The religious fundementalist Islamist may or may not be Fascist depending on how closely you draw the line but certainly the case can be made. Their economic ideas are more socialistic than not which puts them in Fascist camp. They have a powerful conception of volk and untermensch based on religion and they believe they have to perfect right to kill or enslave anybody not volk. They believe that individuals who can trace their descent to Mohammed are superior to those who can’t. They loathe democracy and believe that all decisions should be made by an narrow elite who possess a special moral vision.

      The last attribute is to my mind the defining attribute of Fascism. Communism believes in the rule of the specially educated but Fascism believes in the rule of people who are inherently superior for some innate reason. I think the Islamist fall into the Fascist camp in this regard.

      I’m going to keep using the term in my own writing.

    4. pst314 Says:

      “Everything within the state, nothing outside the state, nothing against [above] the state.”
      –Benito Mussolini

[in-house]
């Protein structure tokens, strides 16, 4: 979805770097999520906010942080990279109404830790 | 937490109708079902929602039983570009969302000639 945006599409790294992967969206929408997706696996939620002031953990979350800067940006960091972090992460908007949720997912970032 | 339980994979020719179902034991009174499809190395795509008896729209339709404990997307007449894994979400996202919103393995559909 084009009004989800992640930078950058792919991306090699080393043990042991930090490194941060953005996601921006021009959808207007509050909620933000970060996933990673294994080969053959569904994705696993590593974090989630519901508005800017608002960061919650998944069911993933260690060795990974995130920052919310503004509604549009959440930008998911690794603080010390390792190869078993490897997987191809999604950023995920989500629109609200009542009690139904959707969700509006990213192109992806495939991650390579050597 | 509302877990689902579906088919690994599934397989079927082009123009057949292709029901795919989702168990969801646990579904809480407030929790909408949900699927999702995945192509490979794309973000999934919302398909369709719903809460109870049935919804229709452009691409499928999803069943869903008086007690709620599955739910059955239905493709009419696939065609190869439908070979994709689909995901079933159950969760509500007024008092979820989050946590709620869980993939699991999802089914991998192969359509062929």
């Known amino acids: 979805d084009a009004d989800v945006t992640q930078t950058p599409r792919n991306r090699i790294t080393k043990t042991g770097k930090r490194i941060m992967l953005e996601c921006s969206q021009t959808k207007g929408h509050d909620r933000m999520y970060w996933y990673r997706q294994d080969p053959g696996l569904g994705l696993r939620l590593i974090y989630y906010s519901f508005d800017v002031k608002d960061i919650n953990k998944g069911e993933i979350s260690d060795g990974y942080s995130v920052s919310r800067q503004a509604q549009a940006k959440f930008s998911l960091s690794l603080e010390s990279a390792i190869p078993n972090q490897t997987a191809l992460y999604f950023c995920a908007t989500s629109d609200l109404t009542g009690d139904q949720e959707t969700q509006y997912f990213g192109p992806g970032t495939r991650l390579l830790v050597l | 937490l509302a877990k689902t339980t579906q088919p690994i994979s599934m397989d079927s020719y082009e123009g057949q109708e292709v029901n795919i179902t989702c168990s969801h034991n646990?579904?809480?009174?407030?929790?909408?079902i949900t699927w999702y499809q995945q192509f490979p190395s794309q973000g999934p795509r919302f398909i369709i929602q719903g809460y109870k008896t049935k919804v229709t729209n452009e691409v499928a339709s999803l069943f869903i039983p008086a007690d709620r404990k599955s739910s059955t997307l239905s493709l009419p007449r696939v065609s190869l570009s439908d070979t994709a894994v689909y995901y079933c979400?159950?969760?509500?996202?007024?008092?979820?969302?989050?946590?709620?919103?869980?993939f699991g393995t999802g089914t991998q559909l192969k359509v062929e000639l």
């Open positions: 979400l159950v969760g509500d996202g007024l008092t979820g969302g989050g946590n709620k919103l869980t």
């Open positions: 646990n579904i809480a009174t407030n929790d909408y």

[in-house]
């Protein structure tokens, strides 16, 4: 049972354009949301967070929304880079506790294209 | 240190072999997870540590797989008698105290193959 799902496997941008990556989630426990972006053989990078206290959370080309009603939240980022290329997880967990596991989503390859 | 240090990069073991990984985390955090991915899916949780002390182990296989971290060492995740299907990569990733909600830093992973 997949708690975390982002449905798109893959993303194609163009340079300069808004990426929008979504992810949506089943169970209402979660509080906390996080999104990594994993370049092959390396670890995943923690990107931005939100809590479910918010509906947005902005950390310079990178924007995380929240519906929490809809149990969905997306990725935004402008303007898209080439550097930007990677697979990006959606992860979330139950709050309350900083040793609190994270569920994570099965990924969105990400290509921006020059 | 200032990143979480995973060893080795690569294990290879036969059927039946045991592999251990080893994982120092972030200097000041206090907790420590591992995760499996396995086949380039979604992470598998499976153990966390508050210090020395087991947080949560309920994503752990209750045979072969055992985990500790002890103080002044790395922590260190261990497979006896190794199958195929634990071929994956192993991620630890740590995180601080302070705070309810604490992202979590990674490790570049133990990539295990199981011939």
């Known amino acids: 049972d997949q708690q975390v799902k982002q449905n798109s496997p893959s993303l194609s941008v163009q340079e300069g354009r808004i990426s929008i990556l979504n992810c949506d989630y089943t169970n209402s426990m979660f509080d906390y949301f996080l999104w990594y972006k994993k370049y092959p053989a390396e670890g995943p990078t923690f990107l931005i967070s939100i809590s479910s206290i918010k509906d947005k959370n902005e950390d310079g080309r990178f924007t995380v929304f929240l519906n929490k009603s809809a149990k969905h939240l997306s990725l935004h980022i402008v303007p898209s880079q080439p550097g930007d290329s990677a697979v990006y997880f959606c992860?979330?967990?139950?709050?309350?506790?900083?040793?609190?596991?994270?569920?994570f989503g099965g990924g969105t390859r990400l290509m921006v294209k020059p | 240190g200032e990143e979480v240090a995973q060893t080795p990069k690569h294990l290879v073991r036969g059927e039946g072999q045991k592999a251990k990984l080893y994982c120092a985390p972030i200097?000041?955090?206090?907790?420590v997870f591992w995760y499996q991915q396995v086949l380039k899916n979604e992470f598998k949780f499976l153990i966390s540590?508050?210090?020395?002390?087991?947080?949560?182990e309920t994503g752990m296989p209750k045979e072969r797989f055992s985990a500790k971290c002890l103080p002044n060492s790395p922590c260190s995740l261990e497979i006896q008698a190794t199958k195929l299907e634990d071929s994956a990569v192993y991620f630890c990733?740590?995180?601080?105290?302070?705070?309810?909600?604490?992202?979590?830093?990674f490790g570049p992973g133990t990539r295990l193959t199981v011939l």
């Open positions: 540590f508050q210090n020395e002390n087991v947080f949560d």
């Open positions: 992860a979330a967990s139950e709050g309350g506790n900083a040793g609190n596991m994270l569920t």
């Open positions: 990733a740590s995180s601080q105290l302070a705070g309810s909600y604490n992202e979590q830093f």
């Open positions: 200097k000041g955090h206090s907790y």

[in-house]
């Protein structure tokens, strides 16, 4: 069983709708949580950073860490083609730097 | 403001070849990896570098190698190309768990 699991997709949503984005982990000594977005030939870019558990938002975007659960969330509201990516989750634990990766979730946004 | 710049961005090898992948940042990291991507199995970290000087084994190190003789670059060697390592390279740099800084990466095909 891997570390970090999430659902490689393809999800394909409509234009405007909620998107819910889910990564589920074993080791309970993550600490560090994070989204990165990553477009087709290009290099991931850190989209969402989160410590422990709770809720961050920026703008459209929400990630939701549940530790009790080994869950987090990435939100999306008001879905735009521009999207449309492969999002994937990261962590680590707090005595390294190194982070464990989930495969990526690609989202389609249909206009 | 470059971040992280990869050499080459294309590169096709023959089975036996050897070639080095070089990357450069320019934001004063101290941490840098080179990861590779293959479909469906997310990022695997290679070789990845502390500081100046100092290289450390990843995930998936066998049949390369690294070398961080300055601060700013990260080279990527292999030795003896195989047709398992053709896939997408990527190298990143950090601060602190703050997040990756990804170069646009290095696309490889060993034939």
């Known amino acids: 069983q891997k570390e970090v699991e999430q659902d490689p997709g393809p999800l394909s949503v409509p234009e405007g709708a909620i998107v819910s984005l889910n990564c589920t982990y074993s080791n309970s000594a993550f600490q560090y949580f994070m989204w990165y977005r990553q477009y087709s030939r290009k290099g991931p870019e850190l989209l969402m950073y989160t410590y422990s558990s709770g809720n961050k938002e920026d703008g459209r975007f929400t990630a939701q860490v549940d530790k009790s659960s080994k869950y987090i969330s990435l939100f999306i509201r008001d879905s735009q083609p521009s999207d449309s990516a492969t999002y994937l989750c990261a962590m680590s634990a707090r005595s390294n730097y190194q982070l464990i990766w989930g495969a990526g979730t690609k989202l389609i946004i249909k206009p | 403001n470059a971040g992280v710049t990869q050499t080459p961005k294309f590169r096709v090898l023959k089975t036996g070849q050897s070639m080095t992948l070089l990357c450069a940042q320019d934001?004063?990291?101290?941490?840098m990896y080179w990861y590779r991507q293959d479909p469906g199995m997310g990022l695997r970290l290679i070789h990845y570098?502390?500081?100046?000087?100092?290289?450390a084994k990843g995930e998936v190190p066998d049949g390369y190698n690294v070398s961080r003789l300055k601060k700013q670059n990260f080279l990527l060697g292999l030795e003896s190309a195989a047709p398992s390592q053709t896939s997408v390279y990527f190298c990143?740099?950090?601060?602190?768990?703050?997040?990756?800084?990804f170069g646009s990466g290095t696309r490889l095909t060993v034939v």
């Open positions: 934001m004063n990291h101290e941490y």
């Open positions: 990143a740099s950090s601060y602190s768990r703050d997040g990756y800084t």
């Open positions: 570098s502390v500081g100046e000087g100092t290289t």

Substitute Islam for “the state” and you have a motto that well describes the Islamist program.

    5. Steve Says:

      James, I just hung up on a discussion with my friend, a Special Op’s warrior who is prepping to ship-out to Saudi Arabia this week. He spoke about how this war is against “Communism.”

      It seems any culture at war searches for the correct rhetorical tag to attach to its enemy. The words, “Communism” and “Fascism”, summon the same will to fight in the American libertine psyche. Neither is exact, but add the preffix, “Islamo-“, and the semantic graph is close enough to the images of the robed bin-Laden for, as you say, “government work”.

      George Orwell would be proud. “Lock and load.”
      -Steve

    6. Mark Says:

      Ginny: despite the fact that the generalizations in no way explain reality or literature, they apply them with abandon.

      I thought this was apt commentary on “good enough for government work” definitions of fascism. In fact, Steve is right–if all we need is a label for propoganda and killing, then either fascism or communism will work, and it doesn’t matter what we call our enemies. I hoped for something more nuanced, though, on my favorite conservative blog. Ralf didn’t disappoint:

      Ralf’s idea that “Fascism isn’t an ideology, rather a set of prejudices and resentments aimed at vatious targets” aligns with David Neiwert’s more nuanced discussions of fascism here at home: “It is not a typical “ism” in that its ideology is indistinct at best; it is, as I’ve often discussed, better understood as a cultural and political pathology, which like psychological pathologies comprises not a single core principle but a constellation of traits, beliefs, and behaviors.” [http://dneiwert.blogspot.com/2005/02/fascination-with-fascism.html] Neiwert, for the record, doesn’t think we have a serious case of it here, even though some of our colleagues like Lew Rockwell, Justin Raimondo, and William Grigg do.